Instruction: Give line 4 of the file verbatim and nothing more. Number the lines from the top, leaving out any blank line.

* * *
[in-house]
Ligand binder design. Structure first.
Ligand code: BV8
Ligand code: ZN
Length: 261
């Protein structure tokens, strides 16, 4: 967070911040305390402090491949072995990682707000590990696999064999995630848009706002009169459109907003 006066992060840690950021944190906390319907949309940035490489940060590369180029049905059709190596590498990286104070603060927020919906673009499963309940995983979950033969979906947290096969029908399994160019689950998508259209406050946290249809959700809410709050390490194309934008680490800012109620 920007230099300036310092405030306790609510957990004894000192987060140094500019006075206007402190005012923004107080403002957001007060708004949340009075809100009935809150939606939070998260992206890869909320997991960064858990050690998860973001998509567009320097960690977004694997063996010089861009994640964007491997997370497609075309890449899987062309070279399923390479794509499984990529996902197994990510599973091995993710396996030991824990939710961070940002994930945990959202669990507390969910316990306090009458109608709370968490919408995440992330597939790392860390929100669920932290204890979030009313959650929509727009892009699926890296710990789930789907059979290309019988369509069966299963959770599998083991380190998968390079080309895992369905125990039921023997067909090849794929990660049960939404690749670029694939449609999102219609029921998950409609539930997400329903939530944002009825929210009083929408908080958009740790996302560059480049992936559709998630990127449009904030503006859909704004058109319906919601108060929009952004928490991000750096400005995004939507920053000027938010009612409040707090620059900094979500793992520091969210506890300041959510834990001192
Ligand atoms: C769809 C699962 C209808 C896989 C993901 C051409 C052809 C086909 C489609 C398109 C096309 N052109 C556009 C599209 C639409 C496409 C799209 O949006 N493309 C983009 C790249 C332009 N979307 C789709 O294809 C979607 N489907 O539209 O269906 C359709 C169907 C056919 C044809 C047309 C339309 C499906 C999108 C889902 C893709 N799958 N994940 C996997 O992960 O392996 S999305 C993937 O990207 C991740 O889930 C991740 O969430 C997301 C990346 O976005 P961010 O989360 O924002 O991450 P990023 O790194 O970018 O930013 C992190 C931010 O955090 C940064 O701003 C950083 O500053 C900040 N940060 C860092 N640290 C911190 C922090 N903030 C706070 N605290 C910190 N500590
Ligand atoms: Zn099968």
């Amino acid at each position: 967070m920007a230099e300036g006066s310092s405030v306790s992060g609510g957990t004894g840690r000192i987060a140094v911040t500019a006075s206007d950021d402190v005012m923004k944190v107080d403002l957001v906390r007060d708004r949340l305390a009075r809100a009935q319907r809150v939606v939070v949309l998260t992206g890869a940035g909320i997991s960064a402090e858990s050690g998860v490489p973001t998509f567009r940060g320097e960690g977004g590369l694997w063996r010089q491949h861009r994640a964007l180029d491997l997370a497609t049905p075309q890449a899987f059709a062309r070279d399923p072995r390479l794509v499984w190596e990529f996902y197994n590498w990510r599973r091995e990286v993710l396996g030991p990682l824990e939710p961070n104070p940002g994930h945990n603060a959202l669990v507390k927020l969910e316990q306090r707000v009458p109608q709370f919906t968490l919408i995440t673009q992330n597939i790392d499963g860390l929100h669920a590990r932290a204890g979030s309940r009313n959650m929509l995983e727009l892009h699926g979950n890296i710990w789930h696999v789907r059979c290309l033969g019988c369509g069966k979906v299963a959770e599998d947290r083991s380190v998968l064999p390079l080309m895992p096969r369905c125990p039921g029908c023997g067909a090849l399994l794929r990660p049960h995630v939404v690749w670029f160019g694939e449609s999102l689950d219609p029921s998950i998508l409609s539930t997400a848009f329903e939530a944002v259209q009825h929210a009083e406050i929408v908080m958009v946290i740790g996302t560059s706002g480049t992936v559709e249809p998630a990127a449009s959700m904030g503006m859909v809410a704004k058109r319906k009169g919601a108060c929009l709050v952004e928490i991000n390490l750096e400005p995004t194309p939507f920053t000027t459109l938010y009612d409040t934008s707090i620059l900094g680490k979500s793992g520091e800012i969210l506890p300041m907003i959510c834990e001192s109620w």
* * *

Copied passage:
Ligand code: ZN